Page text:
|Subject: SCMP: Justice a casualty
Received from Joyo Indonesia News
South China Morning Post August 15, 2002
Justice a casualty in fight for redress
Reconciliation between East Timor and Indonesia has become a tussle of diplomacy versus justice - and it seems clear the latter will lose.
That will be a tragedy for East Timor's people, who long for retribution for 24 years of often brutal Indonesian occupation. They want a Yugoslavia- or Rwanda-style international tribunal to bring to trial the generals behind military and militia abuses that left hundreds dead in an orgy of massacres, disappearances and rapes.
It is the last thing East Timor's President, Xanana Gusmao, and Foreign Minister Jose Ramos Horta want. They have publicly said that reconciliation with their giant neighbour will come not from the judicial process but by building strong diplomatic and economic relations.
Despite the official denial, activists like Jovito Araugo, a Catholic priest who is vice-chairman of East Timor's Truth and Reconciliation Commission, and Benevides Correia Barros, a lawyer who was a key agitator for independence, are optimistic that a United Nations-sponsored tribunal will be set up.
The commission is working on a report detailing the abuses committed by Indonesia's military from its invasion in 1975 to 1999, when East Timorese voted for independence. Father Jovito said yesterday it would be completed in 2004.
"The most important thing we can do is find out the facts, write them down and give them to the appropriate people to consider - the government, the international community and the United Nations," he said in Dili.
He said the tribunal under way in Jakarta was not trying the appropriate people - the generals who ordered the military to commit abuses. These same
men were behind human rights violations in the Indonesian provinces of Aceh and Irian Jaya and an international tribunal was the best way for them to be brought to justice.
Mr Correia Barros was adamant that the only way normalisation with Indonesia could be achieved was through a tribunal. The perpetrators of what he called "crime against humanity" had to face judges.
He said it was best to concentrate on what took place in 1999. Militias backed by the Indonesian military had run amok, killing civilians and destroying buildings to intimidate East Timorese not to vote for independence.
"The military was the mastermind in this incident," Mr Correia Barros said. "It should be held accountable."
But human rights workers in Indonesia said a tribunal was out of the question. It was a matter for the UN Security Council and China, the United States and Russia were not in favour and would use their powers of veto.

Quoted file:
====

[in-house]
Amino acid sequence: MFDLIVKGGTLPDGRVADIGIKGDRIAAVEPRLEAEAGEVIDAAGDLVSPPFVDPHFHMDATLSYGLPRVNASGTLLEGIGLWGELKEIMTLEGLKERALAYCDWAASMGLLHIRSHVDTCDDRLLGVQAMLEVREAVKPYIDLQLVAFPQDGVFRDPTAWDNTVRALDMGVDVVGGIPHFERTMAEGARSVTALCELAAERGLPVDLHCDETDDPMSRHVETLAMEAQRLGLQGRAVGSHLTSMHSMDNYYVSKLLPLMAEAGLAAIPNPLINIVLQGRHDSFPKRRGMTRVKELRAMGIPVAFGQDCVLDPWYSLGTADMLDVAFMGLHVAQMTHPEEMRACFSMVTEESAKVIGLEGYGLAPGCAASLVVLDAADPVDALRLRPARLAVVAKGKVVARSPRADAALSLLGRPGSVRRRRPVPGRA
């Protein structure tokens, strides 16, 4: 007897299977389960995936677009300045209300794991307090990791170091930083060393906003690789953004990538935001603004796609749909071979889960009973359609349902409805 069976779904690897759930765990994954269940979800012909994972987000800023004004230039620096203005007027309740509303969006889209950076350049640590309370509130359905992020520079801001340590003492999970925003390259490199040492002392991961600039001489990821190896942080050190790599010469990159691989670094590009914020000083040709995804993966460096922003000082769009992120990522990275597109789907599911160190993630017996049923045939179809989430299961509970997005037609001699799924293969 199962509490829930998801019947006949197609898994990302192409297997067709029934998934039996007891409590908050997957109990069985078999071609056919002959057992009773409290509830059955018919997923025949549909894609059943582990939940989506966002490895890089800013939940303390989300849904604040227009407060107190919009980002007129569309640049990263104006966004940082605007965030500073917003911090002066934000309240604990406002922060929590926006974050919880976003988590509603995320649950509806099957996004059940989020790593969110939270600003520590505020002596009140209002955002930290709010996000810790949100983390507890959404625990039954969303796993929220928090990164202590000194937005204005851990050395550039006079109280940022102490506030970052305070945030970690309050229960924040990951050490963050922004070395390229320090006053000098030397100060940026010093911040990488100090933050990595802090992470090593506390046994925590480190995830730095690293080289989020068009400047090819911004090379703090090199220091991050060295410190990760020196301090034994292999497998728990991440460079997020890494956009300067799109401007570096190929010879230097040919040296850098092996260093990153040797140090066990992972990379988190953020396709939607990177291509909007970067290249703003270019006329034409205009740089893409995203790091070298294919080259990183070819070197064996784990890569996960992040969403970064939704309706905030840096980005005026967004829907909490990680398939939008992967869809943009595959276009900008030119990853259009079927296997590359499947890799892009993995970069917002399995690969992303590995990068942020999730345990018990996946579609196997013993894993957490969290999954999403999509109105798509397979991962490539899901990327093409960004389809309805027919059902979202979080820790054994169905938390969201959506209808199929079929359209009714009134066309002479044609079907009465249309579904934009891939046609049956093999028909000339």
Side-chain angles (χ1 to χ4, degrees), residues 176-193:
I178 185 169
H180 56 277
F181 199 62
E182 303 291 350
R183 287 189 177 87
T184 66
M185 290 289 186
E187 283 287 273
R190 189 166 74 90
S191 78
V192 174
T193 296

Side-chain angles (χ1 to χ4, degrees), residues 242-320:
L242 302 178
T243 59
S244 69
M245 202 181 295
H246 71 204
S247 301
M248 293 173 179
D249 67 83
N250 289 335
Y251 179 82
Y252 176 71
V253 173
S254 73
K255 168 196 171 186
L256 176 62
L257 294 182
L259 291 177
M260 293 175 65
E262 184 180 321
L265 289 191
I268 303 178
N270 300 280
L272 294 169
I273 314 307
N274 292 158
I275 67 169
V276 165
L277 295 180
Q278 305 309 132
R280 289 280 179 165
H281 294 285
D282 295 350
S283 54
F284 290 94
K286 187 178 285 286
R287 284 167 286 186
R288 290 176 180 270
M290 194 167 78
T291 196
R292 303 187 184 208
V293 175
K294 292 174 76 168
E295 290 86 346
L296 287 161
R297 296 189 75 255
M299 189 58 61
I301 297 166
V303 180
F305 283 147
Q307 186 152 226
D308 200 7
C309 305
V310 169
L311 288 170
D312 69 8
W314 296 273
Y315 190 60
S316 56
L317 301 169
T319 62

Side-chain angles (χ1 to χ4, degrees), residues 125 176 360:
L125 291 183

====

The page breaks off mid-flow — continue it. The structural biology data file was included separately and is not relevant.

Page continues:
"Gusmao and Ramos Horta are bending over backwards to say that the process in Indonesia is satisfactory and that an international tribunal is not a priority," one said. "If the East Timorese leadership is not interested, you're certainly not going to get any support from outside."
Activist derides trial 'theatre'
Abilio Soares' light sentence finally proves that Indonesia's human rights trials related to East Timor are just a ploy to satisfy the international community, a top Indonesian rights activist said yesterday. Munarman described the trials as "camouflage" and said the aim was merely to put a stop to international pressure on the East Timor issue. Comparing the trials to theatre, Mr Munarman said they had clearly been designed to ensure that the accused got off lightly. However, he said the questionable sentence handed down to the former governor posed other questions for the future of Indonesia's legal system.
Although Soares was only jailed for three years, the 2000 law on human rights trials specifies a minimum sentence of 10 years for such cases.
"By giving a sentence which is under 10 years, this is going to damage the Indonesian legal system," said Mr Munarman, head of the civil rights division at the Indonesian Legal Aid Foundation. "We would have been better if from the start the court had freed him. It was weakness by the prosecution. From the start this court was not prepared seriously."
The judges justified their ruling on the grounds that they were not restricted purely to considering the actual texts of laws. They gave a long recitation of precedents from various international covenants on human rights to justify their action.
However, Mr Munarman said such arguments were only admissible when considering the validity of evidence, not in determining a verdict and sentence.
The evidence presented in court was overwhelmingly from the pro-autonomy side. Arrangements were never properly put in place, Mr Munarman said, for witnesses for the pro-independence side to be brought from East Timor.
"How to bring the witnesses was never arranged. It was designed so that they could not attend, so the evidence would be less heavy against the accused," he said.
>From the start the specially appointed judges have been criticised as inexperienced, while international critics have seen a behind-the-scenes plot to save figures higher up in the chain of command and rescue Indonesia's international image.